Last year, we released an updated salary survey for dental hygienists and dental assistants. As dictated in the blog, dentistry is experiencing strong industry growth overall, and many professionals are seeing the impact of that with increased salaries and better benefits.
In order to get a better understanding of how our nearly 4,000 respondents compared to other dental professionals, we turned to the most recent Bureau of Labor Statistics (BLS) report on Hygienists and Assistants. We found similar results across the board.
So what does that mean for you as a dental professional in 2019? A lot. Here are some job growth trends to follow this year as you make career moves.
According to the BLS, a hygienist’s median salary is $74,070 and an assistant’s median pay is $37,630. While there are many factors that must be accounted for when determining a median salary, this has been consistent year-over-year for both professions.
These salaries are indicative of our industry as a whole; dental professionals are maintaining strong salary growth relative to their experience and weekly hours.
Dental professional employment is projected to grow around 19.5% from 2016 to 2026 (19% for assistants and 20% for hygienists). As BLS describes in their report, this is likely due to the increased scientific findings linking dental health to overall health; the general public understands the importance of regular oral hygiene and maintenance and the demand is now higher for their services.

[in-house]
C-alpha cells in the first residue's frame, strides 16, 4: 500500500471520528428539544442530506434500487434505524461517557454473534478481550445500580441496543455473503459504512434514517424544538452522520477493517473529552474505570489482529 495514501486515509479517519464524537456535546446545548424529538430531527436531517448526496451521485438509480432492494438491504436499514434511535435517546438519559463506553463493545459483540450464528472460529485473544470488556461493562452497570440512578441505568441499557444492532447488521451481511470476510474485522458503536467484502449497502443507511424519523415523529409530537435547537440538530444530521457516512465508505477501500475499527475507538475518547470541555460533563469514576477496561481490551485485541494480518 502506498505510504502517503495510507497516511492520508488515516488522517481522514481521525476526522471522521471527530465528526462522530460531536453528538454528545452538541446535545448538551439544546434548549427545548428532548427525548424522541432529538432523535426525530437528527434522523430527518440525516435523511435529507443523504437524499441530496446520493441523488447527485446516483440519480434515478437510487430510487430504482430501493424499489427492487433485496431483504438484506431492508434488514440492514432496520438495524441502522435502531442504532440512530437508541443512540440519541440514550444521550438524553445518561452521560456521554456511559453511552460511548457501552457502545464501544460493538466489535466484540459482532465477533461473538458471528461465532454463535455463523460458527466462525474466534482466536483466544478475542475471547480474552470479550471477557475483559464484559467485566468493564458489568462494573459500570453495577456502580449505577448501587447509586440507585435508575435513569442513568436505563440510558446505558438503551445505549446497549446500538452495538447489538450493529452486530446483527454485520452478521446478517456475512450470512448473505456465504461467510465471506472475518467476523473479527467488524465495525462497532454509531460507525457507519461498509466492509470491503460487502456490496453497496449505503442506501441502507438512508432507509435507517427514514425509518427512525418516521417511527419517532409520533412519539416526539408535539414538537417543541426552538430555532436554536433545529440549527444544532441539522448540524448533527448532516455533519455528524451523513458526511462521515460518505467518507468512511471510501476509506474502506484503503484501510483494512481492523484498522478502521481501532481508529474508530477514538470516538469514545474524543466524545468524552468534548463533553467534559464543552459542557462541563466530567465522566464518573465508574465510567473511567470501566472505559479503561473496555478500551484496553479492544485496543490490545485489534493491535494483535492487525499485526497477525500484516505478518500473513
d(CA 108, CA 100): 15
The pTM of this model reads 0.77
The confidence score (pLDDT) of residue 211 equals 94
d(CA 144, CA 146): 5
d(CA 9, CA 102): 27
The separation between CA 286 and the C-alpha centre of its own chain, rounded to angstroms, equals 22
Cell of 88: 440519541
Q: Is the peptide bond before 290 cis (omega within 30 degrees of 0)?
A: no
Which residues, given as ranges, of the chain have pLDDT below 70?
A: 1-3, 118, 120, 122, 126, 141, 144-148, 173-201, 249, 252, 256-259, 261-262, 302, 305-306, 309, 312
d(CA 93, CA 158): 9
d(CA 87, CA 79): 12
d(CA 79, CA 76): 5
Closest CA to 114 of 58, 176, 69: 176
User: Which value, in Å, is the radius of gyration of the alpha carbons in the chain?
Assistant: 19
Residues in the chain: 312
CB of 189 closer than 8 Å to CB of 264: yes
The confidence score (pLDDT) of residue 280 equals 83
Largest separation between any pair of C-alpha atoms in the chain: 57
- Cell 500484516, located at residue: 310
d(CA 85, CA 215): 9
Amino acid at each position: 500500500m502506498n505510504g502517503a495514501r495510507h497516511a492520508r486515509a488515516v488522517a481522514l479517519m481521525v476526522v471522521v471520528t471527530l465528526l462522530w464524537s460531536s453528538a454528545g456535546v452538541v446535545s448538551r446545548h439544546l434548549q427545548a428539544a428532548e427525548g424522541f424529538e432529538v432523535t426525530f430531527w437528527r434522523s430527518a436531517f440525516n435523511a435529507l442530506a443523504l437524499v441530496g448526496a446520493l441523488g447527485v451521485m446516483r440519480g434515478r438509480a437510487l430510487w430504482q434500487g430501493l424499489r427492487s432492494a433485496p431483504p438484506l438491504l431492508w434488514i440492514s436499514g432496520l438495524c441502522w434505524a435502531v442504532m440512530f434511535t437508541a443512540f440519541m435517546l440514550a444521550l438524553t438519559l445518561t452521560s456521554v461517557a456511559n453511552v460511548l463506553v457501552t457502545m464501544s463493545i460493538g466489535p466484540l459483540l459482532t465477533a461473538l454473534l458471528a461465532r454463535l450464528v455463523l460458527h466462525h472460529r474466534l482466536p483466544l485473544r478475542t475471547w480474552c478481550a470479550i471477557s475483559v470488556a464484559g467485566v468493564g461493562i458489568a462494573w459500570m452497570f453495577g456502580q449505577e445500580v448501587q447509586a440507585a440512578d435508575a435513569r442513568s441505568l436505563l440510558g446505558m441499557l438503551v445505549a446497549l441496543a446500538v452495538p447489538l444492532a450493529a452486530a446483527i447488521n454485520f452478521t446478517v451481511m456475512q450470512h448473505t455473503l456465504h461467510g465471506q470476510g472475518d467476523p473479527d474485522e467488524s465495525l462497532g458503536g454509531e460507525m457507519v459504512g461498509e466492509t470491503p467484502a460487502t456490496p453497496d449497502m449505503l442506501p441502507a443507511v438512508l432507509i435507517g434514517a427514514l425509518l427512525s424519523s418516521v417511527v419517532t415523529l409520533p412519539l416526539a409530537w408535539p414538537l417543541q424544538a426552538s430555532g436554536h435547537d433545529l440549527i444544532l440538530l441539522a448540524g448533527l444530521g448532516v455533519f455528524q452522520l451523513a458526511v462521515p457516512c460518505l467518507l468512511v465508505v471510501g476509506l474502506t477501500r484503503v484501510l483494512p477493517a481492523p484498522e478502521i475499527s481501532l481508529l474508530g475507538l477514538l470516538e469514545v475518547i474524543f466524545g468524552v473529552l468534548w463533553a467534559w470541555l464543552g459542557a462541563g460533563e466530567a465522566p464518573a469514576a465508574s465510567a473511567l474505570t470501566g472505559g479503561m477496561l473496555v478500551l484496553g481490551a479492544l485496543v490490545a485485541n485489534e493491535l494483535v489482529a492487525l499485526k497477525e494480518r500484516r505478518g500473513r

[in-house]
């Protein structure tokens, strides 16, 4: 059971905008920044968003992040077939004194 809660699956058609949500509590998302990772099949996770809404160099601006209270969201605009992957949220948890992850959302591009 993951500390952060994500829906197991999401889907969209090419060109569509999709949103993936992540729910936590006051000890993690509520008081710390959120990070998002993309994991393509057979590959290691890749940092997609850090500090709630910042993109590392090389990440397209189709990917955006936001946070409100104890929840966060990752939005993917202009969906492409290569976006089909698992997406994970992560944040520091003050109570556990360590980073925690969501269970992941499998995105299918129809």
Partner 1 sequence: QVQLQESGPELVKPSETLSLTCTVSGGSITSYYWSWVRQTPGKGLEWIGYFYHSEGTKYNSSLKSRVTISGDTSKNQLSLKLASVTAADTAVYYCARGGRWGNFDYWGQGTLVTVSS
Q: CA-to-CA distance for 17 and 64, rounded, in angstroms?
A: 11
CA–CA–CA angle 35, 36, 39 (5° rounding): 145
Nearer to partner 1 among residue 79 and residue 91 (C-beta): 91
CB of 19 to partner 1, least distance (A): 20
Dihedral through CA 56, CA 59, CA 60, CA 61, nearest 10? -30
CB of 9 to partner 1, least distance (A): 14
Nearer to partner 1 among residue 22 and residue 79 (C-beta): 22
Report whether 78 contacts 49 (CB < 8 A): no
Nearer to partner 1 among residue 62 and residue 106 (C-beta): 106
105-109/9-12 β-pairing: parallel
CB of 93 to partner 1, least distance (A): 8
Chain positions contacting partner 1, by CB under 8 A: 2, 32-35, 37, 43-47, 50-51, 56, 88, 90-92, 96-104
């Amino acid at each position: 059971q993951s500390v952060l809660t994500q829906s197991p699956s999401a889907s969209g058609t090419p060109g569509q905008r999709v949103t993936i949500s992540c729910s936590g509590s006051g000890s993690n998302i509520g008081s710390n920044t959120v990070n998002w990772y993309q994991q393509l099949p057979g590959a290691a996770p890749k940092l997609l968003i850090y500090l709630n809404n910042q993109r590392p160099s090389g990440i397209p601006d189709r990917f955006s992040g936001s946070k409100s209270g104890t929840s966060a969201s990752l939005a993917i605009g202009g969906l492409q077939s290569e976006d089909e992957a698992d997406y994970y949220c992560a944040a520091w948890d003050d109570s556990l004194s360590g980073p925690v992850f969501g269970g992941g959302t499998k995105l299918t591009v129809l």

It’s interesting to note that this is also much faster than the average for all other occupations listed in their report!
If you want to maximize your earnings as a hygienist, move west or north. Dental hygienists in the northeast or in western states (including Alaska) tend to make the most on average ($80,000/year). In contrast, hygienists in the southeast tend to make the least ($45,000-$65,000/year).
For dental assistants, it varies much more. However, many assistants in the north (from Washington to Rhode Island) reported higher salaries for their dental assistants ($42,000-$49,000). Assistants working in Alabama, Arkansas, and Utah made the least ($20,000-$35,000).
While this seems striking, this data makes sense on a general level. The west and northeast tend to turn out higher salaries due to the increased demand; larger cities also have more people, and thus a greater percentage of the population that can afford to spend their money on dental services.
Surprisingly, more than half of all dental hygienists work part-time. In contrast, most dental assistants work full-time.
So why the difference? This might be because a job as a dental assistant has typically been an entry-level position for many future hygienists. Hygienists, on the other hand, are can also afford more time off based on benefits and higher salaries. So as hygienists get older and start families, they can switch to part-time and still maintain a comfortable salary.
Regardless, it’s projected that a significant portion of all assistants and hygienists will change employment from 2016-2026—and that’s something we also noticed in our study.
So are you one of the dental professionals making a change in the new year? Does this information align with your own lifestyle? Be sure to follow us on Facebook as we share more findings from around the industry.
And if you’re looking for a change in career, set up a free account today and start applying for great jobs in your area!
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